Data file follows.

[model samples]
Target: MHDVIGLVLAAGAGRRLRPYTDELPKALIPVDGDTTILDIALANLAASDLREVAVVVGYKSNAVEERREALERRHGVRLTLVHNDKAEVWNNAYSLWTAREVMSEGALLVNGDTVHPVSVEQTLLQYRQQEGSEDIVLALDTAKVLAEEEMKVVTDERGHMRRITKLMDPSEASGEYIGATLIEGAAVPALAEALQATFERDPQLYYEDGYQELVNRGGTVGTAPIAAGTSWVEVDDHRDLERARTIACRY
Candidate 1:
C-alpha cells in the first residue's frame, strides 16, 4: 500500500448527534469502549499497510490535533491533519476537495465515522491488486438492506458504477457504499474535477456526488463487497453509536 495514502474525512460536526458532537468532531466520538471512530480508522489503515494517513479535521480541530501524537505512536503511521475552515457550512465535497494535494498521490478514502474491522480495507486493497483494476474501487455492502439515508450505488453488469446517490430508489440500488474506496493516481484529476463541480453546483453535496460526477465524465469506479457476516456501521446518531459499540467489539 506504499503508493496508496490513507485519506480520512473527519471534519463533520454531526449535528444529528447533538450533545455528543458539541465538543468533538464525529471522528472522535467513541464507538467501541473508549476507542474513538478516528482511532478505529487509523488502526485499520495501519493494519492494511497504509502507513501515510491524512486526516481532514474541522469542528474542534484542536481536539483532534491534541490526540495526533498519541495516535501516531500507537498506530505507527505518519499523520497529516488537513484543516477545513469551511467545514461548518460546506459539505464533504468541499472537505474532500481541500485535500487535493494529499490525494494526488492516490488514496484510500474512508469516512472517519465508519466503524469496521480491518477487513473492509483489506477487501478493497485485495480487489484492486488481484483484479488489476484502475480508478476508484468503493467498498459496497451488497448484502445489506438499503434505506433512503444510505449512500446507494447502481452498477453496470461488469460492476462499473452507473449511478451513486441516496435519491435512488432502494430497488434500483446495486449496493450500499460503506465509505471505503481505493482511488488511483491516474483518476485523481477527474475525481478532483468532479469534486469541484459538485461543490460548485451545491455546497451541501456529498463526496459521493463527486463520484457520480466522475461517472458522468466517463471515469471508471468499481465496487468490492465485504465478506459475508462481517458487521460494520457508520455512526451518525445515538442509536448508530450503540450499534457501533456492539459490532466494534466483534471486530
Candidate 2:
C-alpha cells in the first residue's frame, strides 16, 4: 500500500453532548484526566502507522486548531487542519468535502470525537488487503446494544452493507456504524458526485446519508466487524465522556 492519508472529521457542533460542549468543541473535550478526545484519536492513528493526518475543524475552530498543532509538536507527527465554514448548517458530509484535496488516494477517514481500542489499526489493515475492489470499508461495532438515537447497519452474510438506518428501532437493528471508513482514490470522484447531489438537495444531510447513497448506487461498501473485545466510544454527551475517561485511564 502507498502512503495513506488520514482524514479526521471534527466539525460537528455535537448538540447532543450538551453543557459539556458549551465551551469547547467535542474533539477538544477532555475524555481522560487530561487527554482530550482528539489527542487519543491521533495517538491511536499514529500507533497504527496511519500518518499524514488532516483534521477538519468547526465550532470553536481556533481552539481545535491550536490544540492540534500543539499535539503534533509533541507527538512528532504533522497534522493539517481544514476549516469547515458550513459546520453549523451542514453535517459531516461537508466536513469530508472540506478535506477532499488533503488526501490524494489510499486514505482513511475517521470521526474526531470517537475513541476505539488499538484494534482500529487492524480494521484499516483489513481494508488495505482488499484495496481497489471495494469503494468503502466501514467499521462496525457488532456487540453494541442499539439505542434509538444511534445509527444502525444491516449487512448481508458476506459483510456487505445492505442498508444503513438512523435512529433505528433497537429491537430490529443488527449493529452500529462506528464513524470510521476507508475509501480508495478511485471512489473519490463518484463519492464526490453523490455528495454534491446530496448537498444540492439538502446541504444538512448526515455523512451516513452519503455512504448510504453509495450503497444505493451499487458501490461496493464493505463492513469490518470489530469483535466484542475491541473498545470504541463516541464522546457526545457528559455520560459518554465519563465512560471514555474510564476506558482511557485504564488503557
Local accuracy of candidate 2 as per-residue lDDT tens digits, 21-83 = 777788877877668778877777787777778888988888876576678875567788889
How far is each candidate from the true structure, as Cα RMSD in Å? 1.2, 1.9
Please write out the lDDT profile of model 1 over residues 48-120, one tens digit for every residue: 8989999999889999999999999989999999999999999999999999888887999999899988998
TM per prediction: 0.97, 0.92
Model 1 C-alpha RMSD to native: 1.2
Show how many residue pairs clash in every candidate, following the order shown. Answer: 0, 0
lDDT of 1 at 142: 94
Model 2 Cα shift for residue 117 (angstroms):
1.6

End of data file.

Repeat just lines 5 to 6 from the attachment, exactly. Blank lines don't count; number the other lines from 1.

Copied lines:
Candidate 2:
C-alpha cells in the first residue's frame, strides 16, 4: 500500500453532548484526566502507522486548531487542519468535502470525537488487503446494544452493507456504524458526485446519508466487524465522556 492519508472529521457542533460542549468543541473535550478526545484519536492513528493526518475543524475552530498543532509538536507527527465554514448548517458530509484535496488516494477517514481500542489499526489493515475492489470499508461495532438515537447497519452474510438506518428501532437493528471508513482514490470522484447531489438537495444531510447513497448506487461498501473485545466510544454527551475517561485511564 502507498502512503495513506488520514482524514479526521471534527466539525460537528455535537448538540447532543450538551453543557459539556458549551465551551469547547467535542474533539477538544477532555475524555481522560487530561487527554482530550482528539489527542487519543491521533495517538491511536499514529500507533497504527496511519500518518499524514488532516483534521477538519468547526465550532470553536481556533481552539481545535491550536490544540492540534500543539499535539503534533509533541507527538512528532504533522497534522493539517481544514476549516469547515458550513459546520453549523451542514453535517459531516461537508466536513469530508472540506478535506477532499488533503488526501490524494489510499486514505482513511475517521470521526474526531470517537475513541476505539488499538484494534482500529487492524480494521484499516483489513481494508488495505482488499484495496481497489471495494469503494468503502466501514467499521462496525457488532456487540453494541442499539439505542434509538444511534445509527444502525444491516449487512448481508458476506459483510456487505445492505442498508444503513438512523435512529433505528433497537429491537430490529443488527449493529452500529462506528464513524470510521476507508475509501480508495478511485471512489473519490463518484463519492464526490453523490455528495454534491446530496448537498444540492439538502446541504444538512448526515455523512451516513452519503455512504448510504453509495450503497444505493451499487458501490461496493464493505463492513469490518470489530469483535466484542475491541473498545470504541463516541464522546457526545457528559455520560459518554465519563465512560471514555474510564476506558482511557485504564488503557